The guitar solo in Comfortably Numb is one of the most produced pieces of audio to ever appear on a record.

The solo was played by David Gilmour on a standard Gibson guitar thru a rack of audio effects, and recorded into tape. The tape was then played in the speaker system of a huge arena, the type you can fit 30,000 people into.
Microphones in the center of the arena picked up the resulting sound and recorded it into another tape. This tape was then combined in the studio with all the previously recorded material.

Some kinky way of saving some money on a reverb effect.

Comfortably numb is a song by Pink Floyd from their 1979 album the Wall. The album is about a man, who, due to the way society works, builds a ‘wall’ around himself, shielding off all of his emotions to the world outside. Comfortably numb is a song about this man when he has become numb to all things. The wall is around him and people shout to him “Hello! Is there anybody in there?” but he’s become numb to everything. The song is probably related to the fact that the men of Pink Floyd like drugs and that they are comfortable when they are numb due to drug abuse. One of the things that made the song famous is the guitar solo.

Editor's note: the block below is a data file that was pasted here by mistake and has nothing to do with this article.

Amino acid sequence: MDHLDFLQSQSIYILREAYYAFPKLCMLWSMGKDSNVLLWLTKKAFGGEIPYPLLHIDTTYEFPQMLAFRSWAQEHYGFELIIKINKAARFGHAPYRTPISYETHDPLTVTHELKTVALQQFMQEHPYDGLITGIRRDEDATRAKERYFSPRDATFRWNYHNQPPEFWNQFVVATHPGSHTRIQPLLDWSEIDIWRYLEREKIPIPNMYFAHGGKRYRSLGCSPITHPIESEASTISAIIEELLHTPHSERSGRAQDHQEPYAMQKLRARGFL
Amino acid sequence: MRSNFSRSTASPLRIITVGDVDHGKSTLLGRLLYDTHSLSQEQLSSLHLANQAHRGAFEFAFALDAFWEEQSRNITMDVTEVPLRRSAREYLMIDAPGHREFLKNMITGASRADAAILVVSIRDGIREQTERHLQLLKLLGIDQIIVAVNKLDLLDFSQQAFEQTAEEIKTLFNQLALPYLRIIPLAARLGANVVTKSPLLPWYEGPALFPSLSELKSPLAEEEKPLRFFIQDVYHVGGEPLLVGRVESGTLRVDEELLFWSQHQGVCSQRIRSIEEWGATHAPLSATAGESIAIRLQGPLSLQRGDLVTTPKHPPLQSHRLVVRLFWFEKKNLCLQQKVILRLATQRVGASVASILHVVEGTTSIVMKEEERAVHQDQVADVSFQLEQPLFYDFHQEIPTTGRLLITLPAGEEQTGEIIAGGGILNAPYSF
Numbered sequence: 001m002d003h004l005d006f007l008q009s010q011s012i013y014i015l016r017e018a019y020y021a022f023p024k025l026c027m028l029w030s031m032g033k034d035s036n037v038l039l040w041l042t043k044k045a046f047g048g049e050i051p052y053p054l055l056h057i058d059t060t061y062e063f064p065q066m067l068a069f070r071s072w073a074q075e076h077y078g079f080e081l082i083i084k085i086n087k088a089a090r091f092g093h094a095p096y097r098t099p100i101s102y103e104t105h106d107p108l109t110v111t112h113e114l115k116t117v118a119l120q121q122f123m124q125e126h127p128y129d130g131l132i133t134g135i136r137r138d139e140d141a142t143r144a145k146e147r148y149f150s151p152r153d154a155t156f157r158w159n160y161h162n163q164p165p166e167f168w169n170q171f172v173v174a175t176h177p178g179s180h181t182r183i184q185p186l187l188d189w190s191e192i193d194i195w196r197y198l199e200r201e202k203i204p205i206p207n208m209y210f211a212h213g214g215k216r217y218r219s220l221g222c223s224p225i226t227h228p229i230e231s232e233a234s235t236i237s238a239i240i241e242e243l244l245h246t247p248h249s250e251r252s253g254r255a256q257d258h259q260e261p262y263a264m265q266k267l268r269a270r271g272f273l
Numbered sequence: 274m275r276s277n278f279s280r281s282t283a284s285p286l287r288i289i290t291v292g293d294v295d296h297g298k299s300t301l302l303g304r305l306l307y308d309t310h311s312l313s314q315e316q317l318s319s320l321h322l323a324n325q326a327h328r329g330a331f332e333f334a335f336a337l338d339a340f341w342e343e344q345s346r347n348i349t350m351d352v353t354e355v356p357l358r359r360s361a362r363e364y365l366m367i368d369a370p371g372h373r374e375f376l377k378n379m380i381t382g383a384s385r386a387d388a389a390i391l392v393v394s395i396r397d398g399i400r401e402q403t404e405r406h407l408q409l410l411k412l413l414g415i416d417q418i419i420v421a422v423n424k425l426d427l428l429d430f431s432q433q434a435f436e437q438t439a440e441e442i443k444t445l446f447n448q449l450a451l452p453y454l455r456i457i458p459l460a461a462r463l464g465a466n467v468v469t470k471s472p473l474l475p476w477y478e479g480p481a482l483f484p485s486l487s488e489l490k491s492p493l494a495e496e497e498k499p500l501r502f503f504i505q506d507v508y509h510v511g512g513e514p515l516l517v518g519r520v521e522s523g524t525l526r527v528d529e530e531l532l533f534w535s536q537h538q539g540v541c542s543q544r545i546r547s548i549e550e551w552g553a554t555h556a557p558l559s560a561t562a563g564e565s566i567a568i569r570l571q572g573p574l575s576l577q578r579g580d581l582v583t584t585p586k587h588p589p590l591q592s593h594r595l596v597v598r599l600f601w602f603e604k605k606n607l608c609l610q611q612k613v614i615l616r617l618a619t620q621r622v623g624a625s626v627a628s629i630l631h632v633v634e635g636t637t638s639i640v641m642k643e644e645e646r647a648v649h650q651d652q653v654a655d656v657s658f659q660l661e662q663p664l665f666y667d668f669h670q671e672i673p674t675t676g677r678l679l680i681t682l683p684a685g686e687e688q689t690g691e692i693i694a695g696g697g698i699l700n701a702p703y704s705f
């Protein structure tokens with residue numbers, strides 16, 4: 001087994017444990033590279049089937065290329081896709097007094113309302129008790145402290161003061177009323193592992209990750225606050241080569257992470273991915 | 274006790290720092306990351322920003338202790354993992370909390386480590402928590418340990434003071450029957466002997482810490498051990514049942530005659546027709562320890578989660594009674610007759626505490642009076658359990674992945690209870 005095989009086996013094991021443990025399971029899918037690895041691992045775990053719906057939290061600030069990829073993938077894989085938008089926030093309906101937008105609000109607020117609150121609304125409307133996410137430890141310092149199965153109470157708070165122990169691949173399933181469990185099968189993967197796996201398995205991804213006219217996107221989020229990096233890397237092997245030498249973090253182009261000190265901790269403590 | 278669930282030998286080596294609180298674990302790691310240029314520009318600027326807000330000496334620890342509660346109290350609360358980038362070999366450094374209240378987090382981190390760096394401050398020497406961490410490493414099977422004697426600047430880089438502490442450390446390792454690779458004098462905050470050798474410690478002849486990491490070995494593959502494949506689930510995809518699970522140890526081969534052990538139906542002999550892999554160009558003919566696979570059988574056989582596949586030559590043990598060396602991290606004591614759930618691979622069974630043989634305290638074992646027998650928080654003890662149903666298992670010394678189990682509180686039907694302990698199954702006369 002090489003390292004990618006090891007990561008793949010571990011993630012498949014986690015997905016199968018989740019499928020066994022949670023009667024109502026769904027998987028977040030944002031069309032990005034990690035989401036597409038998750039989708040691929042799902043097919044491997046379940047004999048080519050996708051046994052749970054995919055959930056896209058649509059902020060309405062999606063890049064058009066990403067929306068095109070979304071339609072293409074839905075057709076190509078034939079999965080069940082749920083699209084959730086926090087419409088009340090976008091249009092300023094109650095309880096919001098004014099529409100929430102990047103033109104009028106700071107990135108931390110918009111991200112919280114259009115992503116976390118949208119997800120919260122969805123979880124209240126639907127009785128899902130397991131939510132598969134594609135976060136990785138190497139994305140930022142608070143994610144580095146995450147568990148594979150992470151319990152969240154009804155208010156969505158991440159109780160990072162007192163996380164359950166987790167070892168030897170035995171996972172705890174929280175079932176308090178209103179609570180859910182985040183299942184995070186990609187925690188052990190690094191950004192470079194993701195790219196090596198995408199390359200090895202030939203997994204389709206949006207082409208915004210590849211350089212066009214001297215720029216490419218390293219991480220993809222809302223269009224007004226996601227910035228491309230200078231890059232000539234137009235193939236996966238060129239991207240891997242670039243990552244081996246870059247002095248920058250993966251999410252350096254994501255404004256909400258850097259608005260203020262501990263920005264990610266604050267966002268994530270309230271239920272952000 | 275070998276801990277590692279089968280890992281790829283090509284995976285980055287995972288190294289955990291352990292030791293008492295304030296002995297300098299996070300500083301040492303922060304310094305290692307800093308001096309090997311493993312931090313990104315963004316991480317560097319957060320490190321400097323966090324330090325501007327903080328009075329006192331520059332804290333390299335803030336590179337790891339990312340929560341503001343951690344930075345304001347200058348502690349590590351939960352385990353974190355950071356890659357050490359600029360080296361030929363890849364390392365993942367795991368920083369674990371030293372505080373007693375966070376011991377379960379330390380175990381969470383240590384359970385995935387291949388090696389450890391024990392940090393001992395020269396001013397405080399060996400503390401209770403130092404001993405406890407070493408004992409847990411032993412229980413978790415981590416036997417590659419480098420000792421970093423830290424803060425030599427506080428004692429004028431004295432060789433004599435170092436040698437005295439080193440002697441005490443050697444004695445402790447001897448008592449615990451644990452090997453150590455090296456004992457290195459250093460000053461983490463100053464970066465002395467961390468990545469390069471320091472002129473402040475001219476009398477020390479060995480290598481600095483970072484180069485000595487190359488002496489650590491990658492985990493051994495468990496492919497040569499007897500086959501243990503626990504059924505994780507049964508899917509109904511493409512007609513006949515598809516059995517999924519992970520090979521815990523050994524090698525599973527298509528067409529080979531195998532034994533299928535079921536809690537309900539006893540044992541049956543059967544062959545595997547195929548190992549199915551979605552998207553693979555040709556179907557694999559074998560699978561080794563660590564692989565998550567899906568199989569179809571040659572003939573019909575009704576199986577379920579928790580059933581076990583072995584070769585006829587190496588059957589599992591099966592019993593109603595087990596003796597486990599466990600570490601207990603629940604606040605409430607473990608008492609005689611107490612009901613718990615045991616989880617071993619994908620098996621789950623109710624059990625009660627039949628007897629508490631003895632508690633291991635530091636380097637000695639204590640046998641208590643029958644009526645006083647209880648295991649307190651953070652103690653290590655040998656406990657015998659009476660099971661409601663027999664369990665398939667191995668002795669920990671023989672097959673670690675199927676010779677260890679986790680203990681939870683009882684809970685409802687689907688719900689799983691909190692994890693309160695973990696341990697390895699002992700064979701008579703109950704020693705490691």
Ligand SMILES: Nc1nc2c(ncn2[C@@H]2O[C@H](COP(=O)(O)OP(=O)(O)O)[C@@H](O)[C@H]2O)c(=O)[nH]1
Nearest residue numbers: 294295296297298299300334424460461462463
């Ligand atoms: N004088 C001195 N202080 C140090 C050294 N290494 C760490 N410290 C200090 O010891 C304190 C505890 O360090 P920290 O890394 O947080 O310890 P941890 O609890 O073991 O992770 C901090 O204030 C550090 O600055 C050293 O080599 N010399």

Comfortably numb is, apart from being a song, also a state of mind you can enter. There are many ways to become comfortably numb. You might want to express something but feel incapable of doing so. Instead of expressing this thing, you can take drugs and become numb. This can be very comforting, because you no longer need to express things, instead, you can sit down and relax.

The concept for The Wall was rooted in an incident on the Animals tour. Roger Waters, swearing at the audience for shooting firecrackers during his song, became particularly angered by a fan, leaned down and spat in his face. The inspiration for part of the song Comfortably Numb stemmed from the same tour. The tour was going horribly and one night Roger was feeling horribly sick. Backstage, managers whizzed around, found a doctor and pumped Roger full of drugs. Roger recollected the experience with the lyric "my hands felt just like two balloons", and stated that the experience reminded him of having a fever as a child.

In the film version of The Wall, the song is played when the protagonist, named Pink Floyd, overdoses in his hotel room. A hubbub of suits and doctors rush into his room. The two verses depict the doctor's dialogue to an unresponsive Pink. Pumped full of drugs, Pink is thrown on stage and envisions his rock concert as a neo-nazi rally, which takes up Side Four of The Wall. In the film, the rockstar overdosed on drugs. In reality, Roger Waters was writhing in pain backstage, later found out to be caused by hepatitis.

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